Prior to leaving Sydney, Voss meets Laura Trevelyan. Laura is the niece of one of Voss's patrons and is perhaps the only person apart from Voss himself who perceives that his journey is a challenge of will as much as a geographical journey of discovery. Voss and Laura, despite only meeting four times before he departs, form a spiritual bond which strengthens during the course of the novel.

The novel is about discovery, about triumph and about failure. The physical elements of the journey describe many of the challenges facing explorers within central Australia at the time and combines elements of human suffering and religious metaphor.

The intense relationship between Laura and Voss develops during the course of the journey, and is conducted both through letter and telepathy.

This novel can be read as a simple story of an ill-fated expedition. Alternatively, it can be read as one man's challenge to the physical world, and of the good and evil in each of us.

By the end of the novel, the discovery seems clear, the triumphs and the failures are obvious. Or are they? Perhaps it depends on which viewpoint you choose to adopt.

I recommend this novel to anyone who wants to read well written literature which, under the guise of telling a story, invites the readers to confront their own thinking. The choice is yours.

Jennifer Cameron-Smith
13 von 15 Kunden fanden die folgende Rezension hilfreich
Tragic and unforgettable 7. Oktober 2004
Von Book Smart - Veröffentlicht auf Amazon.com
Format: Gebundene Ausgabe
This is a deeply sad story of tragic love in Australia's colonial times. Voss, "The German" and Laura, a young Sydney woman, are societal misfits who meet quite awkwardly in drawing room one day. Soon after this meeting, Voss begins his epic journey into the unknown Australian outback. As the journey progresses he realizes his love for Laura and writes her a letter asking for her hand in marriage. She accepts his proposal and a love affair of the minds begins. More letters are written but never received by either party. Amazingly, their love blossoms for each other in a small minded, petty, and class driven society. Sadly, in the end their love is tragically never to be.
I found this book to be extremely well written and deeply moving. I believe that this novel is on par with Bronte's Jane Eyre and I do not understand why it is not on any classical reading lists. There are parts of the book that move somewhat slowly, but each part has its purpose in bringing you deeper into the story. The insights into the human soul are incredibly poignant. If you do decide to give Voss a chance read it slowly and in quite spaces. Soak up the meanings within the writing and enjoy this sad, sad tale.
5 von 5 Kunden fanden die folgende Rezension hilfreich
Tortured to Death in the Country of the Mind 4. Februar 2009
Von Bob Newman - Veröffentlicht auf Amazon.com
Format: Taschenbuch
I bought this book in Melbourne, 28 years ago, took it back to the US nine years later, and now have read it in India. An intercontinental scale like this is appropriate to a book of such power and large canvas. Loosely-based on the story of Ludwig Leichhardt, a German explorer of Australia in the 1840s, it is much more an exploration of human nature laden with symbolism and religious questions. "All truths are particolored. Except the greatest truth of all.", says Laura Trevelyan, the explorer's soul sharer, at the end of the novel. White establishes this fact over the course of 448 pages in his magnificently oblique prose. He makes no attempt whatsoever to make his dialogue sound natural. White is one of those few authors who can turn a long novel into a prose poem. For example, (p.71), "The silver flags, breaking, and flying on high, almost escaping from their lacquered masts, were brought back continually by the mysterious ganglion of dark roots." He is describing a bamboo thicket in a Sydney garden.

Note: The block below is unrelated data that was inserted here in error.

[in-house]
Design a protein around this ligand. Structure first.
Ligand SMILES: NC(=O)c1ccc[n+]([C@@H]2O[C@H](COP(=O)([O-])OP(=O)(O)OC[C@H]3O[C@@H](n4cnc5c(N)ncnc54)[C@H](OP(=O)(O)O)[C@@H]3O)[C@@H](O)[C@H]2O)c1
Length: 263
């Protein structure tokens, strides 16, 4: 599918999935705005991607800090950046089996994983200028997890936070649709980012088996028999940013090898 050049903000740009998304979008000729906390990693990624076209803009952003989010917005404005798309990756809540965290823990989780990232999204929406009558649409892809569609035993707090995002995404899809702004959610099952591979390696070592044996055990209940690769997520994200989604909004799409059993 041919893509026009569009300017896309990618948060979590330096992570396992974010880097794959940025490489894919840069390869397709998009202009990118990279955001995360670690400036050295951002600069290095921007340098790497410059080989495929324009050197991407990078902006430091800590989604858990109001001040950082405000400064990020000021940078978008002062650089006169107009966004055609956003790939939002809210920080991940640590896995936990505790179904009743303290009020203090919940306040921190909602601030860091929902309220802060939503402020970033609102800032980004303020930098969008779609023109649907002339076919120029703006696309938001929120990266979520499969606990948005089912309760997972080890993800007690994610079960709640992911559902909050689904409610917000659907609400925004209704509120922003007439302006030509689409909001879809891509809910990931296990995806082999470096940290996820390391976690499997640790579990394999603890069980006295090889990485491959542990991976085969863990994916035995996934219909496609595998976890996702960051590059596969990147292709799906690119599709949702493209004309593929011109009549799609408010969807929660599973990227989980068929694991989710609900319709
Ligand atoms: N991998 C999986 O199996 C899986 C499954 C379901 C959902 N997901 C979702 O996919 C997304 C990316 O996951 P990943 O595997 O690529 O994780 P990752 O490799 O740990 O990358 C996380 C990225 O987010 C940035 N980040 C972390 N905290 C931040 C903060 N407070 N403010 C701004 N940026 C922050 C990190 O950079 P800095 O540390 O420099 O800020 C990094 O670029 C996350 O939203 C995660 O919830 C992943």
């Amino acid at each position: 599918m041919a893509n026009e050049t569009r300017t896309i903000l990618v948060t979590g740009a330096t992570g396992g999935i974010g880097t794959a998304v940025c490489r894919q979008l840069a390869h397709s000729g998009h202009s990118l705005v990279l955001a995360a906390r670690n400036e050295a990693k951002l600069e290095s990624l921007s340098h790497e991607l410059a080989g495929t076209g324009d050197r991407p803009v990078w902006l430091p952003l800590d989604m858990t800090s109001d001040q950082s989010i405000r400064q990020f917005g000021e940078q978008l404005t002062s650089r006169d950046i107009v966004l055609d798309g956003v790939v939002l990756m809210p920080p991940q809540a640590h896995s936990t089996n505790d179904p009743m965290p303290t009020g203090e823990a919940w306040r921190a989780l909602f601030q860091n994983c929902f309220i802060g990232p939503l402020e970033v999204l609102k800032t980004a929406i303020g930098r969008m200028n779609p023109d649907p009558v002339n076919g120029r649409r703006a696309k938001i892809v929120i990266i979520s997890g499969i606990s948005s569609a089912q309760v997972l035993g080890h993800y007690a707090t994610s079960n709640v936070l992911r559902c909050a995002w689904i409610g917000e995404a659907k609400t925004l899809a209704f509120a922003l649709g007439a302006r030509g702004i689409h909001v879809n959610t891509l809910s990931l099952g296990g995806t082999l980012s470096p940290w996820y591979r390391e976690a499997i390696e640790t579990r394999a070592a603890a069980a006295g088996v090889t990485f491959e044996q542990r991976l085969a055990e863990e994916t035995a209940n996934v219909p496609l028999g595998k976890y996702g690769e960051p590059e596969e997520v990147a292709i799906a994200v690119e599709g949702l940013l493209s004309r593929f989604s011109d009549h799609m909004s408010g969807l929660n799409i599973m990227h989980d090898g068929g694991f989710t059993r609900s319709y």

The construction of the novel reminded me of "War and Peace" because of its pattern of alternating chapters. In the former they concern scenes of war and of upper class life in Moscow. In VOSS the two themes are the semi-urban life of the self-assured, self-satisfied Sydney upper class and raw struggle with nature and Aborigines in the bush by the searching, tortured German who cannot disconnect himself from God. Laura is the link between these two worlds, a woman dissatisfied with the pettiness of bourgeois female existence of that time, a woman who questions religion and the given truths of her society.

The deep psychological portraits of Voss, German mystic and explorer, and of Laura, the woman he meets only briefly, but connects to forever, form the bulk of the book, but there are any number of other skillfully drawn characters. They all form a composite of Australian society at mid-19th century, a country in formation, not yet fully-baked, the English settlers completely unfamiliar with the continent they have appropriated. Perhaps the Aborigines, frail ghosts flitting in and out of the bush, are more dreamlike than real. Their land, so sheltering of them over thousands of years, proves utterly hostile to the European explorers who fatally do not take any lessons in survival from those who knew.

Some may hold that Patrick White's style is tedious and hard to absorb. I can grant that to some extent, but if you persist, he has a unique power and gives the majesty of a symphony with many minor melodies. I have read "The Aunt's Story", "The Burnt Ones", and "The Tree of Man" besides VOSS. I liked "The Tree of Man" best, but VOSS is a most powerful and amazing work of poetry, hopeless love, human frailties and human failures. On reading it, you will definitely understand why Patrick White deserved a Nobel Prize.